ARI@NYM: Goldschmidt puts D-backs on board with homer

NEW YORK -- Paul Goldschmidt rarely gets days off, and given all the grief his D-backs teammates gave him for being out of the lineup Wednesday night, he probably would have rather played.

Coming into Wednesday, Goldschmidt, who had not started two games all year and entered one of those two later on, was given the day off against Mets ace Matt Harvey. The last time Goldschmidt was not in the lineup was Game 2 of a doubleheader on May 27.

D-backs manager Kirk Gibson did not ask Goldschmidt if he wanted a day off, he simply told him that's the way it was going to be.

"He's getting an off-day," Gibson said. "I've been thinking about it, been talking about it. Just watching him and seeing some certain things. Just think it's time."

Shortstop Cliff Pennington decided to have some fun with the news, giving Goldschmidt a bottle of vitamins. The bottle's label was covered with athletic tape, and on it, Pennington wrote "Harvey-itis."

Below that, Pennington scribbled, "Symptoms: excess velocity, sharp curves and disappearing changeups."

"They're giving me a hard time," Goldschmidt said. "It's all in good fun."

Goldschmidt planned to take it a little easy pregame, but he also said he was going to be ready if needed during the game.

"You just try and just relax a little bit and enjoy it at least for the first few innings, and then get ready if you have to come into the game at the end," he said.

Goldschmidt has not faced Harvey before and had been looking forward to the challenge.

"I think as a hitter, you definitely want to test yourself against the best," Goldschmidt said. "And he's one of the best, if not the best, in the National League right now."

Bloomquist placed on DL; Campana called up

ARI@NYM: Campana cuts down Murphy stretching single

NEW YORK -- With infielder Willie Bloomquist's left hand not improving, the D-backs on Wednesday placed him on the disabled list and recalled outfielder Tony Campana from Triple-A Reno.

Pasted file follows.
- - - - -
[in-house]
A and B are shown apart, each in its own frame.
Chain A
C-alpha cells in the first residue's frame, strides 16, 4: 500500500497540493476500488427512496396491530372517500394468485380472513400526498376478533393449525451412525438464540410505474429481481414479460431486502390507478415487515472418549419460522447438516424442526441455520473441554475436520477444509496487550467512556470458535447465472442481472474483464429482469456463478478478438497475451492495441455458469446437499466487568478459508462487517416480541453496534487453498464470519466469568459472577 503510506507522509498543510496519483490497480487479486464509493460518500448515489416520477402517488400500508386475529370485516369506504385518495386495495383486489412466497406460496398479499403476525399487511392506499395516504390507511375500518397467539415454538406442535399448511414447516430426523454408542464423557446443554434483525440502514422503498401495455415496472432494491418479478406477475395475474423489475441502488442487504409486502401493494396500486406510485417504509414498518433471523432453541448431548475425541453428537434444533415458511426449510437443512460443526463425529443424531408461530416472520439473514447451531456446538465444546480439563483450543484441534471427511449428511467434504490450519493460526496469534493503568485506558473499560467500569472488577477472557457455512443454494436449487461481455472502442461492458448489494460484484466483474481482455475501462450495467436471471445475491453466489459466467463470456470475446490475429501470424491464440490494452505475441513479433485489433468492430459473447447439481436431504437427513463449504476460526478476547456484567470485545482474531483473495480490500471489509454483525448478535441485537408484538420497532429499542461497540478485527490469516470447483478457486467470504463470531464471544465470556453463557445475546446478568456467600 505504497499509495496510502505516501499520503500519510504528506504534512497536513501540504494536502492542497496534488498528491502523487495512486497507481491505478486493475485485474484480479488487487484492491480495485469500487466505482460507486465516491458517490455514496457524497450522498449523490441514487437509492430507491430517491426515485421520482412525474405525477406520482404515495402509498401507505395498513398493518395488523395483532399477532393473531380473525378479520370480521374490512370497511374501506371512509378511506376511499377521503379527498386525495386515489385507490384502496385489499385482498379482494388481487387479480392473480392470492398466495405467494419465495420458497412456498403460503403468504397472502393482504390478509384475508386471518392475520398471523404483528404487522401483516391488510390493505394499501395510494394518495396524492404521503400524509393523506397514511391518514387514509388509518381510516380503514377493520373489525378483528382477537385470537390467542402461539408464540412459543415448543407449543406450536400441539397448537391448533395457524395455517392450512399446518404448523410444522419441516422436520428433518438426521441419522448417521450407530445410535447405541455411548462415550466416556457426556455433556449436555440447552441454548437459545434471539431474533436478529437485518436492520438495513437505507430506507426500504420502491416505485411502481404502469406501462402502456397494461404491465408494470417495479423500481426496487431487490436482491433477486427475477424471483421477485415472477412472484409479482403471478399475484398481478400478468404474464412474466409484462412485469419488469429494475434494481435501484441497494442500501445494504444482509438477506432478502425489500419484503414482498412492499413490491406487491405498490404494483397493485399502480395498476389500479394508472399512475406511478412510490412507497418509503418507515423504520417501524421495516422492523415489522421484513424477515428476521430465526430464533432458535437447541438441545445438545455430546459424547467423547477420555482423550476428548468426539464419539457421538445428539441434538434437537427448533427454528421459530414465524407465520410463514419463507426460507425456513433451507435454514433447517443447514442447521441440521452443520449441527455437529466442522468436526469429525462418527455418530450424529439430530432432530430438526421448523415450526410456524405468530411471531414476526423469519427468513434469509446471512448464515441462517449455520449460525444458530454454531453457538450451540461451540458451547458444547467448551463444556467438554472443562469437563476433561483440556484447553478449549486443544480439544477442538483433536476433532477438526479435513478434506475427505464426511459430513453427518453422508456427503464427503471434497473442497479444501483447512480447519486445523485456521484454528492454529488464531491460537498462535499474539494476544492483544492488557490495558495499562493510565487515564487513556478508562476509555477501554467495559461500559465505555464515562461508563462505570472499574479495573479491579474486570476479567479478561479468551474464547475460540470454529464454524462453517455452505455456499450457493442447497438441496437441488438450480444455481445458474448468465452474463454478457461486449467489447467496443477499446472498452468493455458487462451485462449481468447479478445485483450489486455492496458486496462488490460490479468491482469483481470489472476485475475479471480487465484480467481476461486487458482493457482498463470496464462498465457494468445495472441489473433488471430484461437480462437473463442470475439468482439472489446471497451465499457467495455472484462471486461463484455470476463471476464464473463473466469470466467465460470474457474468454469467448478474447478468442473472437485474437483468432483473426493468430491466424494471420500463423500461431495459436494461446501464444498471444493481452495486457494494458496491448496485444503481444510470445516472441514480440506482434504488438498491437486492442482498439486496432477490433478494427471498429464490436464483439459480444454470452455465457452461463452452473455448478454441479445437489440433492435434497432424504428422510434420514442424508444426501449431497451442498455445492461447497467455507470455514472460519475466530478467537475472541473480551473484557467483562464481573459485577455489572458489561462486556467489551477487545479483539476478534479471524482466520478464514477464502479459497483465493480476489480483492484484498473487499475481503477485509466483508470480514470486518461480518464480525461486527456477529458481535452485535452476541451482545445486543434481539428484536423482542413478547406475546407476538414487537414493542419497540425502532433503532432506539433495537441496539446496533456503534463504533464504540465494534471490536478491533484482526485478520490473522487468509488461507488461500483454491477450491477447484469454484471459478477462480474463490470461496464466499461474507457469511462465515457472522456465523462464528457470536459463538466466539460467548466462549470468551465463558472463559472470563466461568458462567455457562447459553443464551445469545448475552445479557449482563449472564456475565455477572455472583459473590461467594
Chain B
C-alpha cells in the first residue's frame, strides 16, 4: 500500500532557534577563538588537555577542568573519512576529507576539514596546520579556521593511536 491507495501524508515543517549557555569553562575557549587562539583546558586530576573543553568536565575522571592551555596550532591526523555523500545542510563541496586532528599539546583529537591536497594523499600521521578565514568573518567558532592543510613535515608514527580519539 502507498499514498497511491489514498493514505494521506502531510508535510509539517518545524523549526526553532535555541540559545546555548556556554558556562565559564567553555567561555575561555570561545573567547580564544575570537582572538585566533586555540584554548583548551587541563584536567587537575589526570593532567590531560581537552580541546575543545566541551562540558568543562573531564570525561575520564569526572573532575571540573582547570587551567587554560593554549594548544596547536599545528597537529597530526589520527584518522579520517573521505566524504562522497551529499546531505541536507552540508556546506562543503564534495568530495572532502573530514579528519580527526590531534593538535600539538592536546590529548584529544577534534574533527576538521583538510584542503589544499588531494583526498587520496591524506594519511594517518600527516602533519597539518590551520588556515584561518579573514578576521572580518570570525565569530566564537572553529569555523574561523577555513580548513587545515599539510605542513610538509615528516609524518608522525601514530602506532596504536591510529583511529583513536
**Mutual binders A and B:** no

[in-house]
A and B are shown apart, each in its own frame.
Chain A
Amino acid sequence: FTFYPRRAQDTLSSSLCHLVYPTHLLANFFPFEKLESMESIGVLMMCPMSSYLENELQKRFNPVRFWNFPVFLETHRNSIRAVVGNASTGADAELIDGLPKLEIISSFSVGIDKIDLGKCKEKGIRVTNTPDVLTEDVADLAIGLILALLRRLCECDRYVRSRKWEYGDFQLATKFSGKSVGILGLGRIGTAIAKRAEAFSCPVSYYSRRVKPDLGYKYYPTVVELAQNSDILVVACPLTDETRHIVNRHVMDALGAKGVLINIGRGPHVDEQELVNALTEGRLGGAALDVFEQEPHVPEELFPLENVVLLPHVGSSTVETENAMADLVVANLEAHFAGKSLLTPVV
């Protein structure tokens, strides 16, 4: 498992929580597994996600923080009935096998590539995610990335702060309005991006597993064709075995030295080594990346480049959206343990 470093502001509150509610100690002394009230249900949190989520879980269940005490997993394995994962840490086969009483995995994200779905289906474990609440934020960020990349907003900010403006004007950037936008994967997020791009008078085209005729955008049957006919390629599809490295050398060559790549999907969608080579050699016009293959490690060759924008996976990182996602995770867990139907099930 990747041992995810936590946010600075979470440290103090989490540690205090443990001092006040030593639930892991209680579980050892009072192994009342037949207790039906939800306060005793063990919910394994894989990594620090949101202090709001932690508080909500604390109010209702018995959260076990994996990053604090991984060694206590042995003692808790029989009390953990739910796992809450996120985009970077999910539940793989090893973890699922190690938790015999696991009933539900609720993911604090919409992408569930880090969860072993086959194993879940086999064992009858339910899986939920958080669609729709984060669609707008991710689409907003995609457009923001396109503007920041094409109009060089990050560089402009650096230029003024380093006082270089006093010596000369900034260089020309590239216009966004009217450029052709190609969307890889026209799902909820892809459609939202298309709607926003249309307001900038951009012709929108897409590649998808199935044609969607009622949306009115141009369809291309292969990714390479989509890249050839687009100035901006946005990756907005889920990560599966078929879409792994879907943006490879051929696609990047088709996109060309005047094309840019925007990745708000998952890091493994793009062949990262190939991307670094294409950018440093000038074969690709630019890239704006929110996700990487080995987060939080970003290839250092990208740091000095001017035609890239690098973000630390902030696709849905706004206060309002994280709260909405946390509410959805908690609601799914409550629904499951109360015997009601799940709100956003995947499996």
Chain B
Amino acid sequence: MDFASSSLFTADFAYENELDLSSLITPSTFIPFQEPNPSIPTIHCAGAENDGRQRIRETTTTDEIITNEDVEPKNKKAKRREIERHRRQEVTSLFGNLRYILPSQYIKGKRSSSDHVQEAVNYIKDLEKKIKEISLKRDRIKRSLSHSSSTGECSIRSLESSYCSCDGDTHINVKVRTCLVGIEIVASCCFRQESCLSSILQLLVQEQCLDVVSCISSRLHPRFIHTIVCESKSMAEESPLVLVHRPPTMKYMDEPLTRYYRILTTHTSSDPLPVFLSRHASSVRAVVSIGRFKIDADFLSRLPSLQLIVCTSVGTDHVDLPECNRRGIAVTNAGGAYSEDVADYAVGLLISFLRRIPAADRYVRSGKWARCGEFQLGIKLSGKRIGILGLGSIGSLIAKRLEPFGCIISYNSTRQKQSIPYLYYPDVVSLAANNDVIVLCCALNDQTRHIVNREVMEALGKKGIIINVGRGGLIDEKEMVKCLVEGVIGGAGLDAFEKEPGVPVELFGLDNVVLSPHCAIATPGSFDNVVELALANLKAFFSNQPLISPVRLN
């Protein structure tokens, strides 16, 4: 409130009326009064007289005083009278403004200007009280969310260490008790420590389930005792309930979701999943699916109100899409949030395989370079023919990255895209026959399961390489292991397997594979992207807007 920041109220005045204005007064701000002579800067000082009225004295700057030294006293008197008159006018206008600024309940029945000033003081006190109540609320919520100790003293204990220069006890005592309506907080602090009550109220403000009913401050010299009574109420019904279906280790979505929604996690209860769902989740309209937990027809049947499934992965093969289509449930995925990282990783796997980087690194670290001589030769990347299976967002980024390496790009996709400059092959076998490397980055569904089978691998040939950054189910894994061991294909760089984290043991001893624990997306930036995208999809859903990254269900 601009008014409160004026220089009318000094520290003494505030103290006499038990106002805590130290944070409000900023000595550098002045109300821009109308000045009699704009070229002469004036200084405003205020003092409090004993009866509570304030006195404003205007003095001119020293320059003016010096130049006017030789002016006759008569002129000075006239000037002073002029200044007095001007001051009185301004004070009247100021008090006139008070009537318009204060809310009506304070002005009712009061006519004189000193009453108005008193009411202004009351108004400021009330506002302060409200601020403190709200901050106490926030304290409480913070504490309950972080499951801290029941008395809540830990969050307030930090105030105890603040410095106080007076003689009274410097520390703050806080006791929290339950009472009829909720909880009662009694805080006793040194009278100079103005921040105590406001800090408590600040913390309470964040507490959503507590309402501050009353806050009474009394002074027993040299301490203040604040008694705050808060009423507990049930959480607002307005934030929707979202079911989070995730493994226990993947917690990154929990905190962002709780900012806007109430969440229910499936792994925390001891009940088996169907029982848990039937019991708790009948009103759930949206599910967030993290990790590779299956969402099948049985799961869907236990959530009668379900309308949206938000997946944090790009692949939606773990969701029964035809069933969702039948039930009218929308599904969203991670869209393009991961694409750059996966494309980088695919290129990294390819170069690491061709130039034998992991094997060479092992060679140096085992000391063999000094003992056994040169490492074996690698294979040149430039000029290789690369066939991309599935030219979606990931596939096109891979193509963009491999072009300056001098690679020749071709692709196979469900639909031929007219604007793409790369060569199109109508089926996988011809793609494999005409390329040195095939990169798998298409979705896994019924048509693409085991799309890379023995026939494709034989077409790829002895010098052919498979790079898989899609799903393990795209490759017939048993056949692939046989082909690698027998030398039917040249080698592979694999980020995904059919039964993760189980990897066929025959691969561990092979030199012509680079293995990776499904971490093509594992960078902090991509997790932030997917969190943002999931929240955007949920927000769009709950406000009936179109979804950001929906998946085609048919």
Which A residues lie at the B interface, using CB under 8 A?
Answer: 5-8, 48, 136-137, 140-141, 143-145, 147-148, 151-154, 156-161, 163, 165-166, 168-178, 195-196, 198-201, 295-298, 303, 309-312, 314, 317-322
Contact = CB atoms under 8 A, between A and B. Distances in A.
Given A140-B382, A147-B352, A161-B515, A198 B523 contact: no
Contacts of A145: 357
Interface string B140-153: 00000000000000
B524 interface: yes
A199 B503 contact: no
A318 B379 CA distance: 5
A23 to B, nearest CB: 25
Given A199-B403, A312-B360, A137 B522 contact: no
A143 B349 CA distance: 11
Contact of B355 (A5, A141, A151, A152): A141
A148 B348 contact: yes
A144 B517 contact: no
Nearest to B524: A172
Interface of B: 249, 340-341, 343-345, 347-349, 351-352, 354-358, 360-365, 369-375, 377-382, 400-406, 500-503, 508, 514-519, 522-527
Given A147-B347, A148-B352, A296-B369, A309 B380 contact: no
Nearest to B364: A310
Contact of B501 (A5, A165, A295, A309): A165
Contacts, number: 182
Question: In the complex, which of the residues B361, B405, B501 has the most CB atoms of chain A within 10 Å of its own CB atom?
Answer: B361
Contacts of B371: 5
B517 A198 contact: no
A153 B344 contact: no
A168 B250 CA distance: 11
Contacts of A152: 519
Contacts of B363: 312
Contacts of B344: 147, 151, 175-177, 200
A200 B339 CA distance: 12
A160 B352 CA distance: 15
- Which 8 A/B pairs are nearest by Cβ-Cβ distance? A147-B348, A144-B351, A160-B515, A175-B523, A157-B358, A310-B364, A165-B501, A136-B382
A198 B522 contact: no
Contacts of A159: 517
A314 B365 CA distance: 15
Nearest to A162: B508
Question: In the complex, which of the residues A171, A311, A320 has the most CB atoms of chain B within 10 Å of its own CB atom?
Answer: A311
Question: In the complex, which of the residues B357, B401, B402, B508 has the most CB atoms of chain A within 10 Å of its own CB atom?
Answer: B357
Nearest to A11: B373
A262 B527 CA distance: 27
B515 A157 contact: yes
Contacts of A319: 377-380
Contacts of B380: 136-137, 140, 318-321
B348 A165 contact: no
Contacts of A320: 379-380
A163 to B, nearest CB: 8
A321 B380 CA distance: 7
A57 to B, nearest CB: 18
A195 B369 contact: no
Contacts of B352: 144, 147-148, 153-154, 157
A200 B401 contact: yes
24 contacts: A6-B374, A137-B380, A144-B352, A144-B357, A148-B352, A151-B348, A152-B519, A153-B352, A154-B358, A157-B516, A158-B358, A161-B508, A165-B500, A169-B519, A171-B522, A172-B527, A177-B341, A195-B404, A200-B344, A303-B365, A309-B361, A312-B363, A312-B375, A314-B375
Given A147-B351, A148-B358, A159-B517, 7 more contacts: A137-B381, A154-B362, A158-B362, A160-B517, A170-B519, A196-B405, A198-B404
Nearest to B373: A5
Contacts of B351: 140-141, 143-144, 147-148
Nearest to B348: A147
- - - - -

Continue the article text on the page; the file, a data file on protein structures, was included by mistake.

Bloomquist was hit in the hand by a pitch last Wednesday and has not been able to play since, leaving the D-backs a man short on the bench.

"Willie's just not progressing, and we've been playing short so we made the decision that we would go the other way with him," D-backs manager Kirk Gibson said.

Campana was acquired from the Cubs just after the start of Spring Training and battled for the final outfield spot on the roster before he was sent to Reno.

The speedster was hitting .288 and was 24-for-28 in stolen-base attempts for the Aces.

"I started off really slow, and I've been feeling really good lately and I've been swinging the bat well," Campana said. "I think I just got a little more aggressive. I went down there and was trying to take a lot of pitches, and it didn't go the way I wanted it to."

In order to get to New York in time for the game, Campana took a red-eye flight that landed around 7 a.m.

When he reported to the ballpark, Campana found his name penciled in the lineup in the leadoff spot.

"It's awesome. Nothing wakes you up like that," he said of starting right away. "I got a few hours [sleep]. I got enough, for sure."

Snake bites

• The D-backs have still not announced a starter for Friday's game against the Rockies.

It was supposed to be Trevor Cahill's turn, but the right-hander was placed on the 15-day disabled list Monday.

Triple-A left-hander Tyler Skaggs appears to be the front-runner to make the start.

• Outfielder Gerardo Parra was out of the lineup for the second straight night after diving headfirst onto the warning track during Monday night's game and suffering cuts to his face and bruises to his body.

• Gibson talked a little while back with Giants manager Bruce Bochy, who will skipper the National League All-Star team.

One of the players whom Gibson made a case for Bochy selecting to the team was first baseman Paul Goldschmidt.

"He would enjoy his time [with Goldschmidt]," Gibson said. "And when he's done coaching, he's a guy that he would want to have coached, had a chance to spend some time with and I just wanted to relay that."